At this point, it’s hard to tell what Trump is going to do here, but given who we’re talking about the assumption that he’ll do something dumb and inhumane is, unfortunately, probably the most accurate.
Update: Politico is reporting Sunday night that Trump will announce that he is ending DACA, but delaying implementation of the delay for six months.
President Donald Trump has decided to end the Obama-era program that grants work permits to undocumented immigrants who arrived in the country as children, according to two sources familiar with his thinking. Senior White House aides huddled Sunday afternoon to discuss the rollout of a decision likely to ignite a political firestorm — and fulfill one of the president’s core campaign promises.
Trump has wrestled for months with whether to do away with the Deferred Action for Childhood Arrivals, known as DACA. He has faced strong warnings from members of his own party not to scrap the program and struggled with his own misgivings about targeting minors for deportation.
Conversations with Attorney General Jeff Sessions, who argued that Congress — rather than the executive branch — is responsible for writing immigration law, helped persuade the president to terminate the program, the two sources said, though White House aides caution that — as with everything in the Trump White House — nothing is set in stone until an official announcement has been made.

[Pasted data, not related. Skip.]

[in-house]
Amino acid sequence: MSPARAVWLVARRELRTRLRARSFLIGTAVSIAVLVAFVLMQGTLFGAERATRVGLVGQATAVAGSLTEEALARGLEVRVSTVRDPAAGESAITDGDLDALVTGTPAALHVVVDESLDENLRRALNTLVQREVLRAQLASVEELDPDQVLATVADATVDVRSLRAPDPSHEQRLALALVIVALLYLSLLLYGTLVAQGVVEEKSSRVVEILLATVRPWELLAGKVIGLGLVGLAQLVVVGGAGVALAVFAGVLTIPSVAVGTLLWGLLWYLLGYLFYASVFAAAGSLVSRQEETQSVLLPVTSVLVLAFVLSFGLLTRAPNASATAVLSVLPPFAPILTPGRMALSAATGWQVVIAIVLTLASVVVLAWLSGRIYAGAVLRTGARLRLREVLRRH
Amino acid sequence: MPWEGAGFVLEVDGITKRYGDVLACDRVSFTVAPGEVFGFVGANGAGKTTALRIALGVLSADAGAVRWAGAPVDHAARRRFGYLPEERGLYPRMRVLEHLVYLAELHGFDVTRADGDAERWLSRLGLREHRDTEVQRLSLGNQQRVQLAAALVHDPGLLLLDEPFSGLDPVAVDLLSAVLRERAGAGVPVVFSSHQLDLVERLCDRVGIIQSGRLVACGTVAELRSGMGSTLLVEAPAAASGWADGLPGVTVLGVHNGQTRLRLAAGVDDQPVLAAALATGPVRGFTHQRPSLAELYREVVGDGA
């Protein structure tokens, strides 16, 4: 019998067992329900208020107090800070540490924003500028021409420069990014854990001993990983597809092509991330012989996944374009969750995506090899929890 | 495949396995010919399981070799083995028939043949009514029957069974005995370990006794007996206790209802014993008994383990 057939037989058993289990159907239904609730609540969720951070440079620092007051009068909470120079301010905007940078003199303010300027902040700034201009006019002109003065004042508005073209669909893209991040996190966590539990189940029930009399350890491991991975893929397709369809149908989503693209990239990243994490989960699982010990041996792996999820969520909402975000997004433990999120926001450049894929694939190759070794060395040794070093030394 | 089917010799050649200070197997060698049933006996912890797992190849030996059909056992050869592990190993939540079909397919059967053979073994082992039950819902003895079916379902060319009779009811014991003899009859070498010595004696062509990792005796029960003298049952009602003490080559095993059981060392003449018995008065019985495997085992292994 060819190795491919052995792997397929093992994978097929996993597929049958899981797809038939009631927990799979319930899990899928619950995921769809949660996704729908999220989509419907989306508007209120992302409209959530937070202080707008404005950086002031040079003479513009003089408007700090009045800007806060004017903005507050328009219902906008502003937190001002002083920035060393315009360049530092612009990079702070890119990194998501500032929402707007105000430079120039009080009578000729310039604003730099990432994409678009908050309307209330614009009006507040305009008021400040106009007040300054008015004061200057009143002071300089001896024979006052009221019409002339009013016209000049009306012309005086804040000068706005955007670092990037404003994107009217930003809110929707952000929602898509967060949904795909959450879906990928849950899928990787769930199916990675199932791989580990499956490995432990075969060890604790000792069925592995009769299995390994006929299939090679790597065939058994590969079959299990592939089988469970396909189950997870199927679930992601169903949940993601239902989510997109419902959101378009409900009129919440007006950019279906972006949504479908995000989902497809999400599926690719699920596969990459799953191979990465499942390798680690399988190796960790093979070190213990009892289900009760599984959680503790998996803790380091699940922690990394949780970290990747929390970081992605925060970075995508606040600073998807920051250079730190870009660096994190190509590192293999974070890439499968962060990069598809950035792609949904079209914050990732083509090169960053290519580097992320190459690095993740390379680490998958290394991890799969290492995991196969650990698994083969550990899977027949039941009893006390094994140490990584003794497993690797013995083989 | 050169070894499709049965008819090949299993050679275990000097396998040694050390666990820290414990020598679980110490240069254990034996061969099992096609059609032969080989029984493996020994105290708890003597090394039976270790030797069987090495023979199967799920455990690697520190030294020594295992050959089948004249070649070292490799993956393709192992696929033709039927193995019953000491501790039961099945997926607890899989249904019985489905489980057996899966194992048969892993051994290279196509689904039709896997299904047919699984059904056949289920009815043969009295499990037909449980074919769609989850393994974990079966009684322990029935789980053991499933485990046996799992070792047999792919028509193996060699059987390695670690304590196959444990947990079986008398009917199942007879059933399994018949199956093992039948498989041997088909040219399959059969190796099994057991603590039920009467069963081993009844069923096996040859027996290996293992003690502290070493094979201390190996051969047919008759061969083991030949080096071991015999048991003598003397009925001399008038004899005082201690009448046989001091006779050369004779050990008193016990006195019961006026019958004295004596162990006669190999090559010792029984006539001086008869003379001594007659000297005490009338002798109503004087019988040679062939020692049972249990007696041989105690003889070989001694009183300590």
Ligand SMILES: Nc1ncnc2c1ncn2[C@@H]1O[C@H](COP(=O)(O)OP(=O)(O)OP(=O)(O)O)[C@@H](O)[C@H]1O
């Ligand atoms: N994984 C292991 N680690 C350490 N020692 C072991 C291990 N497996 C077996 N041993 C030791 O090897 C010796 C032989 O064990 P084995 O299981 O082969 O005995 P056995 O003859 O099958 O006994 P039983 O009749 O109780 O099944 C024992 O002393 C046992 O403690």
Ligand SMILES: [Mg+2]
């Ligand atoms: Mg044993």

In a nod to reservations held by many lawmakers, the White House plans to delay the enforcement of the president’s decision for six months, giving Congress a window to act, according to one White House official. But a senior White House aide said that chief of staff John Kelly, who has been running the West Wing policy process on the issue, “thinks Congress should’ve gotten its act together a lot longer ago.”
Trump is expected to announce his decision on Tuesday, and the White House informed House Speaker Paul Ryan of the president’s decision on Sunday morning, according to a source close to the administration. Ryan had said during a radio interview on Friday that he didn’t think the president should terminate DACA, and that Congress should act on the issue.
In theory, this means Congress could act to codify the program, but the odds of this Congress doing anything of the sort are pretty much somewhere between slim and none.